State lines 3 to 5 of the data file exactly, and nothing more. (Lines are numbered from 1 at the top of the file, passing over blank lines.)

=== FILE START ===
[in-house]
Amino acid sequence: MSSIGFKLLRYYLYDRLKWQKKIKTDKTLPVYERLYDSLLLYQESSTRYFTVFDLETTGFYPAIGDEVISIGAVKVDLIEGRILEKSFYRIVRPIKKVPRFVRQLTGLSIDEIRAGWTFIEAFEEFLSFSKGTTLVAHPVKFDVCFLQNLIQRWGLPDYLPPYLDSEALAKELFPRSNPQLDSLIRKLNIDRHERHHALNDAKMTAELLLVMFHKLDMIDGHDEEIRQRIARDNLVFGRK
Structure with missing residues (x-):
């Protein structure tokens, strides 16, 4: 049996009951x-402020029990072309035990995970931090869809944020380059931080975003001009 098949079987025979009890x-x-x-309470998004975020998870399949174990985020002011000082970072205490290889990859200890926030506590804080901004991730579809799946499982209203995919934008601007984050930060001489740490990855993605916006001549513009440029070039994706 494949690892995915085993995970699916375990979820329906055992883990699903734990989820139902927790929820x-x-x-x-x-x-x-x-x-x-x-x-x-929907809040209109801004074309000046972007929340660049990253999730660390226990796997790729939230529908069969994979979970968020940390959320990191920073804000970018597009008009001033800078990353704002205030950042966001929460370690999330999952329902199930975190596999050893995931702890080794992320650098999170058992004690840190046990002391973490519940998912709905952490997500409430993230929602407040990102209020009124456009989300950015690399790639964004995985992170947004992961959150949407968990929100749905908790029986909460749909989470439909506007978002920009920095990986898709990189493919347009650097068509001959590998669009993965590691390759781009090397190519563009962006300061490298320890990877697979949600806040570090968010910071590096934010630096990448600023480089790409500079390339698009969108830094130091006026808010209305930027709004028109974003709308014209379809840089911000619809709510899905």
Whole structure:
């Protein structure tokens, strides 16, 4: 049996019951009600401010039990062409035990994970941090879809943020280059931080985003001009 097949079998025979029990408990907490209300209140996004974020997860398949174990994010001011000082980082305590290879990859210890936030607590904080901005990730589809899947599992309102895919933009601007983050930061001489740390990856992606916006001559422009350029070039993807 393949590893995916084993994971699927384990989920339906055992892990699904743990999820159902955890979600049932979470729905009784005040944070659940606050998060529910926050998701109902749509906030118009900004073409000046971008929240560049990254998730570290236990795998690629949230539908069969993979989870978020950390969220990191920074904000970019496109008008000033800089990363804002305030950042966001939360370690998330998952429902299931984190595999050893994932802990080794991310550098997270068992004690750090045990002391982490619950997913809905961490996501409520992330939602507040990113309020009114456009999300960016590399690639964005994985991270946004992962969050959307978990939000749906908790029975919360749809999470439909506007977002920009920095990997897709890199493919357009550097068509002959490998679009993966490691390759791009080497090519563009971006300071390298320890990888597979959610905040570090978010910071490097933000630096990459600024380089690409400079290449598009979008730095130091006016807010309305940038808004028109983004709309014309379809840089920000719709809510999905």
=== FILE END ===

Structure with missing residues (x-):
């Protein structure tokens, strides 16, 4: 049996009951x-402020029990072309035990995970931090869809944020380059931080975003001009 098949079987025979009890x-x-x-309470998004975020998870399949174990985020002011000082970072205490290889990859200890926030506590804080901004991730579809799946499982209203995919934008601007984050930060001489740490990855993605916006001549513009440029070039994706 494949690892995915085993995970699916375990979820329906055992883990699903734990989820139902927790929820x-x-x-x-x-x-x-x-x-x-x-x-x-929907809040209109801004074309000046972007929340660049990253999730660390226990796997790729939230529908069969994979979970968020940390959320990191920073804000970018597009008009001033800078990353704002205030950042966001929460370690999330999952329902199930975190596999050893995931702890080794992320650098999170058992004690840190046990002391973490519940998912709905952490997500409430993230929602407040990102209020009124456009989300950015690399790639964004995985992170947004992961959150949407968990929100749905908790029986909460749909989470439909506007978002920009920095990986898709990189493919347009650097068509001959590998669009993965590691390759781009090397190519563009962006300061490298320890990877697979949600806040570090968010910071590096934010630096990448600023480089790409500079390339698009969108830094130091006026808010209305930027709004028109974003709308014209379809840089911000619809709510899905």
Whole structure: